A piece I’d written on hospitality appeared on the Upper Room devotional site recently. Is it a coincidence that we had a rush of guests and requests for visits round about the same time? My parents stayed for a weekend, my cousin flew out from England for a week-long visit, a missionary friend asked if she could stay for a week in November, and a New Zealand friend asked if she could visit in January. Now it’s great to see all these people, but we’d never had so many house guests in such a short period. I couldn’t help thinking that God was prompting me to apply the hospitality lesson I’d advocated in that devotion.
One of the editors from the Upper Room also asked if I could do an additional blog post for the web site. I wrote a piece about how God had challenged me to go part-time in my job so that I could spend more time writing. As I sent off my faith-filled blog, I joked to my husband that I wouldn’t be surprised if God tested me on that too. A few days later, God did indeed challenge me to take an even bigger leap of faith. How could I fail to do what He’d asked, knowing that my article was about to appear? So I took a deep breath and stepped out again.
The lesson in all of this is that we should just write bland, unchallenging material so that God won’t ask us to do anything about it. No wait, that’s not it! Though my husband did say I should check with him before sending anything else out. J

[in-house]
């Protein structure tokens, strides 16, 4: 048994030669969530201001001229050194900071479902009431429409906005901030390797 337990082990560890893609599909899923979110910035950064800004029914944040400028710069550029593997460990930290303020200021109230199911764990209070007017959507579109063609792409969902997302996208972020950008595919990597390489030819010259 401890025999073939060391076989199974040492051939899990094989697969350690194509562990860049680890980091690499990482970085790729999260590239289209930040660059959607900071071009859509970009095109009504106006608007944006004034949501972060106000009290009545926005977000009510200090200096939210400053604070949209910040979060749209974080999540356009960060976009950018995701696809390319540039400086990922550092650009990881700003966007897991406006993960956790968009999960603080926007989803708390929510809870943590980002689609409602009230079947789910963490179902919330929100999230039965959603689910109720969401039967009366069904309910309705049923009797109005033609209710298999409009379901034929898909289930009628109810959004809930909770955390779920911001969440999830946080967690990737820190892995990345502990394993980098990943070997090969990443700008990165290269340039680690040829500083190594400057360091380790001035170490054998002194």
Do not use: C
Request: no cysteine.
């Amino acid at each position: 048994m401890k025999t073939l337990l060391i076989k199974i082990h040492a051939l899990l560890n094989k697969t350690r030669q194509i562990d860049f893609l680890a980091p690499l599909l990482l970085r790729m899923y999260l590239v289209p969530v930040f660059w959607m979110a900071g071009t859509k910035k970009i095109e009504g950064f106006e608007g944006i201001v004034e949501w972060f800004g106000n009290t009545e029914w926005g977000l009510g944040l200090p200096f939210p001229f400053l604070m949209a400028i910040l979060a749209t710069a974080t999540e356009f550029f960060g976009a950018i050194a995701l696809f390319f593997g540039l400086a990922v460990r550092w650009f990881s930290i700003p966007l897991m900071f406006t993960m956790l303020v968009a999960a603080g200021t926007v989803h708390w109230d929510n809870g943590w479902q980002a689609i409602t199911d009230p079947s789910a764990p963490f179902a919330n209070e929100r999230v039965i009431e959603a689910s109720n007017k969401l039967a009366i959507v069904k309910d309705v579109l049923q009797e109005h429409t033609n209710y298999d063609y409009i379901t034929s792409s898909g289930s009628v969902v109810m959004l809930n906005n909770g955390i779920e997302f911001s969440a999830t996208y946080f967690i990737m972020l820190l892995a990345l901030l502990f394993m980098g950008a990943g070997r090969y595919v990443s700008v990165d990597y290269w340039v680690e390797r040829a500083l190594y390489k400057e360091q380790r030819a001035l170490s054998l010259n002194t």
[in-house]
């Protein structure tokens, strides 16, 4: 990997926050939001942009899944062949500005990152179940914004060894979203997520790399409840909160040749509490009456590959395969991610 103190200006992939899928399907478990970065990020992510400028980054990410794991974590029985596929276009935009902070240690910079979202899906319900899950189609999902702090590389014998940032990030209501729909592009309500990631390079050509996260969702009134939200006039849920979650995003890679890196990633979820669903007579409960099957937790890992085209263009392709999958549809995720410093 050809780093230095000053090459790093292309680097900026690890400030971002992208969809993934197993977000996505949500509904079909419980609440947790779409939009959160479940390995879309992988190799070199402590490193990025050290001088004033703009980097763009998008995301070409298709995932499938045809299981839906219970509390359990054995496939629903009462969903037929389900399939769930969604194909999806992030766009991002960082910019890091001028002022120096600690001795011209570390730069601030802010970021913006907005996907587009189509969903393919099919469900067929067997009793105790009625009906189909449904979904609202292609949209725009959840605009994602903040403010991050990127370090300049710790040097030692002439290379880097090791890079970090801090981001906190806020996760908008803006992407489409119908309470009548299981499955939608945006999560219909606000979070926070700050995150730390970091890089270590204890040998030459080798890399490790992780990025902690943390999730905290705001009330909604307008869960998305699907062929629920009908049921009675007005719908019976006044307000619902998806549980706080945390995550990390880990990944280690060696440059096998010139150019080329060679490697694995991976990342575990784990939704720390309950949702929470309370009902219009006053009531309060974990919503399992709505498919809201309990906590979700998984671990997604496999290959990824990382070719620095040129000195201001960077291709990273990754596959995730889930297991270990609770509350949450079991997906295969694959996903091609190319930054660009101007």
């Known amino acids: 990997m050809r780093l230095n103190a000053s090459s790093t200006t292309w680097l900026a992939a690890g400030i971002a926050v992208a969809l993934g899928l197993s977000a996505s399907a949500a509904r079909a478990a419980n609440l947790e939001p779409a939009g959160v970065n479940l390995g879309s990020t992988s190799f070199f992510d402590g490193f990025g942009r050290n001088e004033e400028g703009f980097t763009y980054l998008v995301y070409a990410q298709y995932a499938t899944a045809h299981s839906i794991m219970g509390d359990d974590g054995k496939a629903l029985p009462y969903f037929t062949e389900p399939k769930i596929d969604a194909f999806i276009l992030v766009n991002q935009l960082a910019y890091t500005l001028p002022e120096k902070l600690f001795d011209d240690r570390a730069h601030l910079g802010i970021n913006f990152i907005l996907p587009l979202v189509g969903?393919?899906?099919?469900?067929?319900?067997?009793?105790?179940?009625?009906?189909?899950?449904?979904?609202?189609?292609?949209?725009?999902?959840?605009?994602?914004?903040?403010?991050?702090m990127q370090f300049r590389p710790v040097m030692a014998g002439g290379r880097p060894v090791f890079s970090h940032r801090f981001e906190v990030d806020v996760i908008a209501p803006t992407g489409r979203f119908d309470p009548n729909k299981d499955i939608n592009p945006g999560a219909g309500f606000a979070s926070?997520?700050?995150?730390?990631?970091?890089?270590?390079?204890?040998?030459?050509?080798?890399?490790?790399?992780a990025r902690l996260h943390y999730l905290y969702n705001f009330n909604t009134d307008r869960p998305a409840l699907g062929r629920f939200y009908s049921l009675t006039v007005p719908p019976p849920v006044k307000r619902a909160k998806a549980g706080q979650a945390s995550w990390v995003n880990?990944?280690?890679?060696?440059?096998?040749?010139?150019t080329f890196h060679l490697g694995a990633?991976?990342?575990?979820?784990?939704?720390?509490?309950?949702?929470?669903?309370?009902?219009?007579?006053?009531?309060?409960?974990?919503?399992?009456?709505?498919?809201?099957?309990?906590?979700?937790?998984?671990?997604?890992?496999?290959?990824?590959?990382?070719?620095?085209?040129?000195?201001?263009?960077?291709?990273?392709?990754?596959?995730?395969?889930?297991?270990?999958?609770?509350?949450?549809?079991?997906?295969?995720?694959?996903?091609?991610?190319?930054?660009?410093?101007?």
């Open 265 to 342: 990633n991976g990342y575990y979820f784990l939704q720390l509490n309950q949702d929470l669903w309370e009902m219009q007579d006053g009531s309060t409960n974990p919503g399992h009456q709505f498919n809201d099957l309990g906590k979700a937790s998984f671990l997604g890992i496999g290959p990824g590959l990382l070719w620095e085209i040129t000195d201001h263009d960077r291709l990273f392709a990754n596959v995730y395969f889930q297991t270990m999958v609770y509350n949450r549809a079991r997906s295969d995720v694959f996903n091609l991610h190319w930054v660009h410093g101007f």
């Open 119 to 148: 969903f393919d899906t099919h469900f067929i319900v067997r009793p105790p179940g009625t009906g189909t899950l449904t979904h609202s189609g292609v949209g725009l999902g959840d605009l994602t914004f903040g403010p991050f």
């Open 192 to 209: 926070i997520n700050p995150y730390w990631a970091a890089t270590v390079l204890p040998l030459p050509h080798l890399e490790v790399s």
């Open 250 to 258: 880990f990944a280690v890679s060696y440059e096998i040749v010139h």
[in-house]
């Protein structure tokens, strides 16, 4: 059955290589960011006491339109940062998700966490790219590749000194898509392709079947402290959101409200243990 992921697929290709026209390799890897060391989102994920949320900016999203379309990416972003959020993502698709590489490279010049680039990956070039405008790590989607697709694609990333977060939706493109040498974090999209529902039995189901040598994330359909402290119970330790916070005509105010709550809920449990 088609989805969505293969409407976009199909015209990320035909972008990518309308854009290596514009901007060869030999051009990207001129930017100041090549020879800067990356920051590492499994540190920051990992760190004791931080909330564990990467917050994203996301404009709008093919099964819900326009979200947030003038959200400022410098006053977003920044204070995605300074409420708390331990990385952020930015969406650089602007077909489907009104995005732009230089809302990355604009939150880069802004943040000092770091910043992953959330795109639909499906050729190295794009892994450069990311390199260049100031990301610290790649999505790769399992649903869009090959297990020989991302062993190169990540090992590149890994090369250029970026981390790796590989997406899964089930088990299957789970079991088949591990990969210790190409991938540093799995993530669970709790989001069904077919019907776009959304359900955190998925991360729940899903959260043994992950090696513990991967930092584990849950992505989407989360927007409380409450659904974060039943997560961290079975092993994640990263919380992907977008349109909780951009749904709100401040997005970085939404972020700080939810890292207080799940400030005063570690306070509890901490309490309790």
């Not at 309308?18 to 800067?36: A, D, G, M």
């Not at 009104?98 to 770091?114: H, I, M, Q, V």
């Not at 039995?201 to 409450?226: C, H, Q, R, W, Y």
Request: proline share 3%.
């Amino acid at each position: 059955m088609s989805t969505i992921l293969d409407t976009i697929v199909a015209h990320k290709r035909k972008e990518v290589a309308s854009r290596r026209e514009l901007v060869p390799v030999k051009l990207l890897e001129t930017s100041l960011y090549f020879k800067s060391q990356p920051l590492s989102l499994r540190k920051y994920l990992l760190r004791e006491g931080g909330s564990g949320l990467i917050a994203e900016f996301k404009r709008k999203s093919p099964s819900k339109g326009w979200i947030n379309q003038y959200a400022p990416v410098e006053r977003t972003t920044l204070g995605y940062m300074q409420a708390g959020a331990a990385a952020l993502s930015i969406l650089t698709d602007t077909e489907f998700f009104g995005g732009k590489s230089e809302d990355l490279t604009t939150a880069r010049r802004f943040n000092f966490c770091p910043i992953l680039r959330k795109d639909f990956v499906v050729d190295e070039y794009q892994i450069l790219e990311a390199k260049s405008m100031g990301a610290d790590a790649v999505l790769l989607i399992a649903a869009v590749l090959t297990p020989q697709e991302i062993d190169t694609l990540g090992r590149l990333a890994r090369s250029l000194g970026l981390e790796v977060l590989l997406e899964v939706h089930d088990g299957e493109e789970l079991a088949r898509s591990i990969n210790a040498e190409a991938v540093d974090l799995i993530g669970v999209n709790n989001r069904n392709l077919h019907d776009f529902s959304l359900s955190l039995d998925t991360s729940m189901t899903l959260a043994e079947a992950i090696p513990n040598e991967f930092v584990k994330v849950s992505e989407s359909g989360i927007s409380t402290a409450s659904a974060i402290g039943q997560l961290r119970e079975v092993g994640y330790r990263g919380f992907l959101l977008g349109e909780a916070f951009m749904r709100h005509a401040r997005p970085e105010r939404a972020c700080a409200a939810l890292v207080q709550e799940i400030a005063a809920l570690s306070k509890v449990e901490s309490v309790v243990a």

God wants us to practise what we preach, or maybe in our case, “walk what we write”. I’d like to say that I have this principle nailed, but I don’t always get it right. For the last few years, I’ve contributed pieces to an American devotional book and I often find myself reading something I’d written a year before and thinking, “Whoops … haven’t been doing that”. Fortunately, God is ever patient and merciful. He doesn’t expect us to be perfect, but He does want us to try to live the things we’re writing about.
In James 1:22, we’re told “do not merely listen to the word, and so deceive yourselves. Do what it says.” Maybe as writers, we could add, “do not merely write the word … do what it says”. It’s not always easy, but it certainly makes for a more authentic witness. Isn’t it wonderful to know that God is so intimately concerned with our writing endeavours, that He takes them seriously and uses them to mould us into the people He wants us to be?
I'd be interested to hear about times you’ve been challenged to apply something you’d already written.
Nola Passmore is a freelance writer who has had more than 90 short pieces published in various magazines, journals, and anthologies (including true stories, devotions, poetry and short fiction). She has a passion for writing about what God has done in her life and encouraging others to do the same. (Some call it "nagging", but she calls it "encouragement").